Some of the world’s leading commercial real estate owners and managers are making significant progress in reducing water usage, carbon emissions and energy consumption, according to a new report from the Urban Land Institute’s Greenprint Center for Building Performance. Building owners are driving progress as they work to mitigate the risks that come with climate change.
The report, which tracked and analyzed 8,700 properties owned by Greenprint members, demonstrated the following reductions between 2015 and 2016:
- 4.3% reduction in water use
- 3.3% reduction in carbon emissions
- 3.4% reduction in energy consumption
Since 2009, reductions have been significant: water use has dropped by 12.1%, carbon emissions by 17.9% and energy consumption by 13.9%. The reductions occurred even as building occupancy rose, suggesting that greater space usage does not necessarily have to cause a decline in building performance.
Globally, buildings account for more than a third of climate-changing carbon emissions.
Responsibly Improving Building Performance
Building owners, facing risks presented by environmental and climate-related vulnerabilities, are working to protect against the possibility of eroding asset value, according to Charles B. Leitner, Greenprint Chairman.
The results from the new report indicate that Greenprint members are on track to exceed Greenprint’s target of a 50% emissions reduction by 2030, which is in line with the goals of the IPCC and ratified by the Paris Climate Accord. In fact, the global real estate sector as a whole has shown tangible improvements in environmental, social and governance (ESG) performance, according to a report released in September. The 2017 GRESB Real Estate Assessment showed that, in 2017, the sector reduced water consumption by 0.5%, reduced carbon emissions by 2.2% and reduced energy consumption by 1.1%.
The results show that the energy improvements made in recent years by the global real estate sector are in line with the energy reduction targets as set out in the United Nations-supported Sustainable Development Goals, GRESB says.
Driving the Market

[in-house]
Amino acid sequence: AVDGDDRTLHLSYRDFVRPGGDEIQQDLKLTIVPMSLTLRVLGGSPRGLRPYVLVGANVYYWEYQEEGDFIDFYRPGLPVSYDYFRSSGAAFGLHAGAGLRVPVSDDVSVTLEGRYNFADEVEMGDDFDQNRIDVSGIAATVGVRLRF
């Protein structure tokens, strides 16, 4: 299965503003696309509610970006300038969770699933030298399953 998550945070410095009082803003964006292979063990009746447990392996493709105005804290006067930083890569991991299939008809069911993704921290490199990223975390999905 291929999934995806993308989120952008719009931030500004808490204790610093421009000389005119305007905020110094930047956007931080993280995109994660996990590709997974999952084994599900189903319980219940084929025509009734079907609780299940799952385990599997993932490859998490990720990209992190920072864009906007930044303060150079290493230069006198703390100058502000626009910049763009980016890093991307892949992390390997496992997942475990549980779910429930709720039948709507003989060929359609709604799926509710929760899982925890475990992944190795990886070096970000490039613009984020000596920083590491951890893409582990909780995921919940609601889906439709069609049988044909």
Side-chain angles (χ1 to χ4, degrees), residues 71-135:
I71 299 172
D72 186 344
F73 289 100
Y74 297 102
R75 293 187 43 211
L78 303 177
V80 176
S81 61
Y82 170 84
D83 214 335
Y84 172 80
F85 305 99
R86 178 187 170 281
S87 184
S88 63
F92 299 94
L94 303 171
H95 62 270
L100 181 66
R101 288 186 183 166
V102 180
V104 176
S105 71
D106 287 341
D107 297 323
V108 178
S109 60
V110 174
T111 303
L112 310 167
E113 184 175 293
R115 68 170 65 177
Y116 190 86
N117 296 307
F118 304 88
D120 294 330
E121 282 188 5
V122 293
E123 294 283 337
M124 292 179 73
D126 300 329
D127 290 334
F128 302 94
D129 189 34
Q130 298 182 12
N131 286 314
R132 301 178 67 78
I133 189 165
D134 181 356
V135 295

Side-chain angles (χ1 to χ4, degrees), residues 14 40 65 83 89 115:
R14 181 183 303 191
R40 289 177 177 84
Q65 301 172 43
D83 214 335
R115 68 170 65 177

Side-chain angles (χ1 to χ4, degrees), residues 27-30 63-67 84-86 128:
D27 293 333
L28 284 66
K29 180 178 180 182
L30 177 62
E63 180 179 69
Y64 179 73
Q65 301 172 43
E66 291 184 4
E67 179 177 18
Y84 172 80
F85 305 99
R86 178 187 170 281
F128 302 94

Several factors are driving property owners to improve building performance and create financial value through the implementation of best practices:
- Investor mandates: The focus on sustainable and responsible investing has grown significantly over the past several years, with investment in the US surpassing $8.5 trillion in 2016, and accounting for more than 20% of the value of professionally managed assets.
- Tenant demand: Major tenants are embracing sustainability and other next-generation features as part of their leasing criteria.
- Regulation: Global adoption of energy efficiency regulations for commercial buildings are helping to drive change, such as Energy Performance Certificates across the European Union, mandatory benchmarking in 26 US cities and states as well as Tokyo and Singapore, and mandatory energy codes for most countries in North America, Europe and Asia.
- Goal setting: Many real estate owner are setting portfolio-wide goals to ensure that their investments achieve the maximum return in financial value and environmental benefit as they begin implementing multi-property retrofits, technology upgrades, and operational improvements. Example: Prologis’s goal is to generate 200 megawatts of solar energy per year and reduce carbon emissions by 20% by 2020; Grosvenor is seeking a 50% reduction in energy use across its portfolio by 2023; and Commonwealth is striving for a 20% reduction in energy use by 2020.